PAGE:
Macroeconomic Report & Economic Updates

June 14, 2018

Nigeria Economic Update (Issue 19)

Capital imported into Nigeria, maintained an upward trajectory in 2018Q1, following three consecutive quarterly increase. Specifically, capital importation rose to $6.30 billion in 2018Q11– a remarkable Year-on-Year growth of 594 percent (from $908.27 million), and Quarter-over-Quarter increase of 17 percent ($5.38 billion). Inferably, investors’ interest and confidence in the Nigerian economy have continued to soar […]

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Capital imported into Nigeria, maintained an upward trajectory in 2018Q1, following three consecutive quarterly increase. Specifically, capital importation rose to $6.30 billion in 2018Q11– a remarkable Year-on-Year growth of 594 percent (from $908.27 million), and Quarter-over-Quarter increase of 17 percent ($5.38 billion). Inferably, investors’ interest and confidence in the Nigerian economy have continued to soar since 2017Q2; this is particularly represented by the extent of portfolio investment flows which increased approximately fifteen times more than the $313.61 million recorded in the corresponding 2017Q1 quarter, and accounted for 72.4 percent of total capital importation in the review quarter




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Nigeria Economic Update (Issue 46)

On a Month-on-Month basis, average growth rate of selected food prices decreased in October 2017.  Precisely, contracting by 1.24 percent in October, average growth rate fell from 0.08 percent recorded in September 2017. Notably, the contraction reflected in the food sub-index of the headline inflation for October 2017. The marginal decrease in the prices of selected food items may be in line with seasonal levels, as the harvest season reaches its peak, thus making food items relatively available at various demand levels. Going forward, investment towards the provision of better farming inputs, technology, financing, and value addition across the agricultural value chain could help improve yield output and food security all through the year.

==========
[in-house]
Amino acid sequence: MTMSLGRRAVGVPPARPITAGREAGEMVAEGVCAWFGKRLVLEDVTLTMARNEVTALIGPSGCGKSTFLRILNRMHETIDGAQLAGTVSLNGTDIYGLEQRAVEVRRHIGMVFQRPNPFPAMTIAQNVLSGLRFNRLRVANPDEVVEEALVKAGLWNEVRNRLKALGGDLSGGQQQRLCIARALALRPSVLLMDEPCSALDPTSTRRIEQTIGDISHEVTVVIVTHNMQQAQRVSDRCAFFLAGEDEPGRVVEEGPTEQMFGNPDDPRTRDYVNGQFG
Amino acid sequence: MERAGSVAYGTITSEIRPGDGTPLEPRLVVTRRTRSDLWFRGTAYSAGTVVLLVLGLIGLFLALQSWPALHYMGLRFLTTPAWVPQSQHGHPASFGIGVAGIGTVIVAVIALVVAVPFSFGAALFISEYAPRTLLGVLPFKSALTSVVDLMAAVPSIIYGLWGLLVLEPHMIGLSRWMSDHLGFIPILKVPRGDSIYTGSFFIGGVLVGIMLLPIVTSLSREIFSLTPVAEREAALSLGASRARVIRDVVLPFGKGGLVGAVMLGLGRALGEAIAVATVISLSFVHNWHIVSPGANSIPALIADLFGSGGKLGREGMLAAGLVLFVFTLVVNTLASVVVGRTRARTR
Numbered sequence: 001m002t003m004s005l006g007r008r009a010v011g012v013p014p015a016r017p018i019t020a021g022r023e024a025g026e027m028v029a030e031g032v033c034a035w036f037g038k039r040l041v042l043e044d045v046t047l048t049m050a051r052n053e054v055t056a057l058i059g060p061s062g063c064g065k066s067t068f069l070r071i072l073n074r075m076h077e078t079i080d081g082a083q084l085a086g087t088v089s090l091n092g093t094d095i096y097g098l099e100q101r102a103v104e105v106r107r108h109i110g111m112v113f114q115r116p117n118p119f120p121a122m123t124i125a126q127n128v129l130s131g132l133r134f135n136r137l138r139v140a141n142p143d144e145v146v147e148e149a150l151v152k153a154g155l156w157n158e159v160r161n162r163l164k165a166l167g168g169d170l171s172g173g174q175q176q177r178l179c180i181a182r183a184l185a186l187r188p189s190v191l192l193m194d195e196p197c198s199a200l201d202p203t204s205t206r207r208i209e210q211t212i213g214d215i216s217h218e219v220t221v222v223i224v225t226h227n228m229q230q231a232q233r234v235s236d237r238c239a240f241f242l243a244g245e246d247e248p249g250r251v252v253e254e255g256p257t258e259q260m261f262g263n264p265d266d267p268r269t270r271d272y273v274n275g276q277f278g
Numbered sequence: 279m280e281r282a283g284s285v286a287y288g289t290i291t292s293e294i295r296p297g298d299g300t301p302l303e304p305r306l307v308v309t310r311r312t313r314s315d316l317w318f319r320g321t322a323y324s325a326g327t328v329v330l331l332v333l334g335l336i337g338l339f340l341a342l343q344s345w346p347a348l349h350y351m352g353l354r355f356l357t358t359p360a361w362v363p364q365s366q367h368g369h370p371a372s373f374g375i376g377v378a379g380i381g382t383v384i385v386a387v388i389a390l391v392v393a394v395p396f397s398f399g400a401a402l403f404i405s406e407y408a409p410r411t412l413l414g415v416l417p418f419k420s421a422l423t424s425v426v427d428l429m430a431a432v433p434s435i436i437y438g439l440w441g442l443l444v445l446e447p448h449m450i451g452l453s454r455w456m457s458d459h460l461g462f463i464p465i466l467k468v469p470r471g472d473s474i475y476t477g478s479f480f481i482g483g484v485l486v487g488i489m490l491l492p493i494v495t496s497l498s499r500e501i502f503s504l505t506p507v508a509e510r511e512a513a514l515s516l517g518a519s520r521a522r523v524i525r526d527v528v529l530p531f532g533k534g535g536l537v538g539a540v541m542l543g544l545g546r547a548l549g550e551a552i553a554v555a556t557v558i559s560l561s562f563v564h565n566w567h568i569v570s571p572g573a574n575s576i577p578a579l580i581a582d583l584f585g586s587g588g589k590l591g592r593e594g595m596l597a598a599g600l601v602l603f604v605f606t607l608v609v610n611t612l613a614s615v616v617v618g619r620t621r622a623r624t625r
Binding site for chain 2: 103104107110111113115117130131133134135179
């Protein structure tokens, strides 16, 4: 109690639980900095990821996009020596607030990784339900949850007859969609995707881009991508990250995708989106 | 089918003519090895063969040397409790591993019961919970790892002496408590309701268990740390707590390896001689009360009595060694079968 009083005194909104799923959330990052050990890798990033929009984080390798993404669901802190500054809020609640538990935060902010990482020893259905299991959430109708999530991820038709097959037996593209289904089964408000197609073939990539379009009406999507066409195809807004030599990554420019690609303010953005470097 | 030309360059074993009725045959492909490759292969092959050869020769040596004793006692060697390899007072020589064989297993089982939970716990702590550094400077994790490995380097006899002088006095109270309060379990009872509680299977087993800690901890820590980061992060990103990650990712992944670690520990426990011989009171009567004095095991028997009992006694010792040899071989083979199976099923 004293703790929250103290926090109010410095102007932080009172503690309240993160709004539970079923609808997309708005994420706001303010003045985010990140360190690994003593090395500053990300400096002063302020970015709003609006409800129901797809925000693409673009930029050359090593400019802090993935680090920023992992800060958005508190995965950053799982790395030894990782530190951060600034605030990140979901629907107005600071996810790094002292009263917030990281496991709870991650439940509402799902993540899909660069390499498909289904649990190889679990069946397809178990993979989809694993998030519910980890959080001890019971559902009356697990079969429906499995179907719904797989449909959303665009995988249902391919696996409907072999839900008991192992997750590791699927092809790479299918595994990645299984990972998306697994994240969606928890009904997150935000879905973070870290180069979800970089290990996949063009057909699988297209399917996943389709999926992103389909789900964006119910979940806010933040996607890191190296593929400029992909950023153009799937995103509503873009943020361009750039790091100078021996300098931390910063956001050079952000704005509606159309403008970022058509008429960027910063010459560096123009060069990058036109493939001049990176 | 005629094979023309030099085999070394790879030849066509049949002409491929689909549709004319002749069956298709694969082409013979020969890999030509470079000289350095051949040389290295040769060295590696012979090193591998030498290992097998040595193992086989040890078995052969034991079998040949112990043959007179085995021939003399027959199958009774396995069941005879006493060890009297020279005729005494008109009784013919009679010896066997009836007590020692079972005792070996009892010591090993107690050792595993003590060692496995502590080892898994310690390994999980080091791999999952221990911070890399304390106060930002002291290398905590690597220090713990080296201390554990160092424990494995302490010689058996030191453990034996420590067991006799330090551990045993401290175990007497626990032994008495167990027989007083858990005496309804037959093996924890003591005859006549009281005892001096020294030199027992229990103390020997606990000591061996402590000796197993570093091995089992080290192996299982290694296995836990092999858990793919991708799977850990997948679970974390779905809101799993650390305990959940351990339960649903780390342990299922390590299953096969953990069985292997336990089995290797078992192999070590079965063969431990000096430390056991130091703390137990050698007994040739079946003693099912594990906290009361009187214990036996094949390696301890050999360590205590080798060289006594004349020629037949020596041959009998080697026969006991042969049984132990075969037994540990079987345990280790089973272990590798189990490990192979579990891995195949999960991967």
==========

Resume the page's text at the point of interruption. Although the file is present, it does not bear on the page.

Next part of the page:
Nigeria Economic Update (Issue 17)

Power sector analysis shows a decline in power generated by 8.5 percent from a peak of 3,675 mw to 3,362 mw between April 3, 2016 and April 10, 20169. This record is however still below 5,074.7 mw- the highest peak ever attained in the country. The declining power supply which has been attributed to vandalism of pipelines and gas shortages, has continued to distort economic activities in the country. With the persistent fall in electricity generation, the possibility of attaining the targeted 10,000 mw by 201910 seems unattainable. A clear strategy towards increasing power generation and curbing vandalism is urgently needed.

Extra-ECOWAS Trade And Investment Flows: Any Evidence Of Business Cycles Transmission

This study investigates the effects of merchandise trade and investment flows on the transmission of business cycles between members of ECOWAS and the major trading partnersbetween 1985 and 2014. Total trade and FDI significantly influence the transmission of business cycles with elasticities of 1.1% and 0.7%, respectively in the long run. There are little variations across the major trading partners and other measures of trade flows. Intra-industry trade flows with all partners, EU and USA influences the cross-country business cycles with elasticities of 1.0%, 0.5% and 1.8%, respectively.